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The Center for Children's Health

Parent Survey (CCHAPS)

abuse and neglect

A key element within our Community Health Needs Assessment is the Community-wide Children's Health Assessment & Planning Survey (CCHAPS). CCHAPS is a household survey of parents and caregivers of children ages 0 -14 to assess the caregiver's perspective about children's health in our service region of Denton, Hood, Johnson, Parker, Tarrant, and Wise Counties.

CCHAPS 2021 which is now in data collection, will also include Collin and Grayson Counties and has been extended to include households with children ages 0-17.

Overview of the 2021 Parent Survey


Regional Child Health Summit

Data from our 2018 Community Health Needs Assessment, including CCHAPS, were disseminated through various methods. One dissemination method was a Regional Child Health Summit presenting the results to community stakeholders. Download the slide deck that was presented at the 2018 Regional Child Health Summit held on Wednesday, October 17, 2018

Regional Child Health Summit slides


Survey Data Available Upon Request

2009, 2012, 2015 and 2018 Community-wide Children's Health Assessment and Planning Surveys

The survey data available upon request was collected by ETC Institute as directed by Cook Children's Health Care System. The survey data was a result of a random, mailed survey to households with children 0-14 years of age. It includes households in Tarrant, Denton, Johnson, Parker, Hood and Wise counties.

View 2018 KidBit Data Summaries

Suggested citation when referencing CCHAPS data files:

Community-wide Children's Health Assessment and Planning Survey (year of data). Cook Children's Health Care System; Fort Worth, Texas; or CCHAPS (year of data) at www.centerforchildrenshealth.org accessed (month/year).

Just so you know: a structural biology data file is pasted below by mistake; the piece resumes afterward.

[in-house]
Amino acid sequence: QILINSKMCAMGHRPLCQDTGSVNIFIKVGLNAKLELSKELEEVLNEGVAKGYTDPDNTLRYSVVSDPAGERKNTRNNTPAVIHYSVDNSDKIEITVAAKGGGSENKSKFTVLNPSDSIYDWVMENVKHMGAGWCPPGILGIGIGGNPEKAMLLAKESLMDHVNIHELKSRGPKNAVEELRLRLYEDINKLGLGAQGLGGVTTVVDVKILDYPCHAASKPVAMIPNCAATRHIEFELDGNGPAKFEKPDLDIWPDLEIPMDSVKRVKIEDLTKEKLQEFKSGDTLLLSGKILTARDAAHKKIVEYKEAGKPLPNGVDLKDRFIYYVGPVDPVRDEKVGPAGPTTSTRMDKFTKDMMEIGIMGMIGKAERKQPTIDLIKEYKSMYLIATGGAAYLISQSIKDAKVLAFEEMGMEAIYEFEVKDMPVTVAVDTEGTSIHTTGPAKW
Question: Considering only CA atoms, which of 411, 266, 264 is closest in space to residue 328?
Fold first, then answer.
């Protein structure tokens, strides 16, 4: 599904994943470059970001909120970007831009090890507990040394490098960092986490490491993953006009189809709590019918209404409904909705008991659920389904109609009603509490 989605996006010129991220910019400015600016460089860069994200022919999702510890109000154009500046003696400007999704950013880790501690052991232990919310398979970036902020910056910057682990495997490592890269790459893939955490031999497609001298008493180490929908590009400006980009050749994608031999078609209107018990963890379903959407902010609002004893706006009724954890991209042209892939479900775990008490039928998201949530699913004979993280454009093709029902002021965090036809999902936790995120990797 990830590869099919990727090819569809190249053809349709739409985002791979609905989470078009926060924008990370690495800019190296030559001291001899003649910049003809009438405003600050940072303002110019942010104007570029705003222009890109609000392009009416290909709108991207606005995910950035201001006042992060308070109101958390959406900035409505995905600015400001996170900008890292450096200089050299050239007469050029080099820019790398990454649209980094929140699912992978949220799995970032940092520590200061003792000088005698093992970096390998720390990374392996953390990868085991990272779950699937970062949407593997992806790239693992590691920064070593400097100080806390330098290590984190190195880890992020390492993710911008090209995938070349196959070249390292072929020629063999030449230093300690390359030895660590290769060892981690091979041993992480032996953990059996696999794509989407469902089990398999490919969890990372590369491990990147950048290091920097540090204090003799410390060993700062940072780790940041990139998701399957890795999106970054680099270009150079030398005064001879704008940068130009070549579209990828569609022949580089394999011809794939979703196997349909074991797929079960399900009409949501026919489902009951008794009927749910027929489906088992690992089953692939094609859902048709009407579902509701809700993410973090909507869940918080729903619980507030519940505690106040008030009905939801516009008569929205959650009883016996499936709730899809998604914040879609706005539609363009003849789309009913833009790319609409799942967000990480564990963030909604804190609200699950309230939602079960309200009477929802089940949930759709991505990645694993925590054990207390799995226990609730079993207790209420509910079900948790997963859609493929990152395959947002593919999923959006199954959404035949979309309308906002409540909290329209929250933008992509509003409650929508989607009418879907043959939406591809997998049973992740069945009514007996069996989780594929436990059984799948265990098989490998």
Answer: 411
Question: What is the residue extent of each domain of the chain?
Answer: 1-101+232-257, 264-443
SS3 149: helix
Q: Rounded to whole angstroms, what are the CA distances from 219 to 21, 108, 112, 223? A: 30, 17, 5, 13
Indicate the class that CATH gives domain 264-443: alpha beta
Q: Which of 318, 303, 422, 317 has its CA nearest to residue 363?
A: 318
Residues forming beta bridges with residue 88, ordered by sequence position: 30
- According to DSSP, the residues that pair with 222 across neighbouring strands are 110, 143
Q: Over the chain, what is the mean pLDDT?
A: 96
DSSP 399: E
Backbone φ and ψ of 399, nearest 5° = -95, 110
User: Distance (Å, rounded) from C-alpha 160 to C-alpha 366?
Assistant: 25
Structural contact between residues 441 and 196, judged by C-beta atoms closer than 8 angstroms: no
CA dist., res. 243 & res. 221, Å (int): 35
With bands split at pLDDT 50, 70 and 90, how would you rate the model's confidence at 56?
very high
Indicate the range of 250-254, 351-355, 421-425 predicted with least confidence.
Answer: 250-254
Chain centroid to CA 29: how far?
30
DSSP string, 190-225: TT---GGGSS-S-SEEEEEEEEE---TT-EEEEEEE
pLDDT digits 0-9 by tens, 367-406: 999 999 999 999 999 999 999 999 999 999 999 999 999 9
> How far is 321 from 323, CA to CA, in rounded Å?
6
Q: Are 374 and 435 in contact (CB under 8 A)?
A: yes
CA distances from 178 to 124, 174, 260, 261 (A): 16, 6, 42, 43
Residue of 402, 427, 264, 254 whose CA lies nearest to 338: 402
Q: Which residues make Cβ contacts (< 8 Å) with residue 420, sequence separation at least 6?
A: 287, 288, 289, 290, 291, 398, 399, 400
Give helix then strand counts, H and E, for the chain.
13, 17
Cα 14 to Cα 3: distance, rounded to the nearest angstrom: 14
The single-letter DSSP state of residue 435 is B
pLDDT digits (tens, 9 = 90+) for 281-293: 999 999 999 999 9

Specific CCHAPS data and cross-tabulations are available upon request. Please contact Becki Hale at becki.hale@cookchildrens.org for data inquiries.


Frequently Asked Questions about CCHAPS

CCHAPS is the acronym for Community-wide Children's Health Assessment and Planning Survey. CCHAPS plays a key role in our Community Health Needs Assessment (CHNA) and is a household survey of parents and caregivers of children ages 0 -14 to assess the caregiver's perspective about children's health in our service region of Denton, Hood, Johnson, Parker, Tarrant, and Wise Counties. Our 2021 survey will also include Collin and Grayson Counties and has been extended to households with children ages 0-17.

For CCHAPS 2021:

  • The 56-question survey is mailed to a representative sample of households with options for primary caregivers to respond by mail, online, or toll-free phone. The survey is available in English and Spanish.
  • This parent survey contains trend questions from previous years and new questions to assess social determinants of health, COVID-19, and equitable access.
  • Questions align with national and state data, when applicable; Some questions from prior years revised to align with national and state data benchmarks such as National Survey for Children's Health, Healthy People 2030, Youth Risk Behavior Surveillance, US Gallup Poll, Mental Health America, and Safe Kids Worldwide

CCHAPS was administered by ETC Institute on behalf of Cook Children's Health Care System.

All forms of research have limitations which is why methodology is especially important.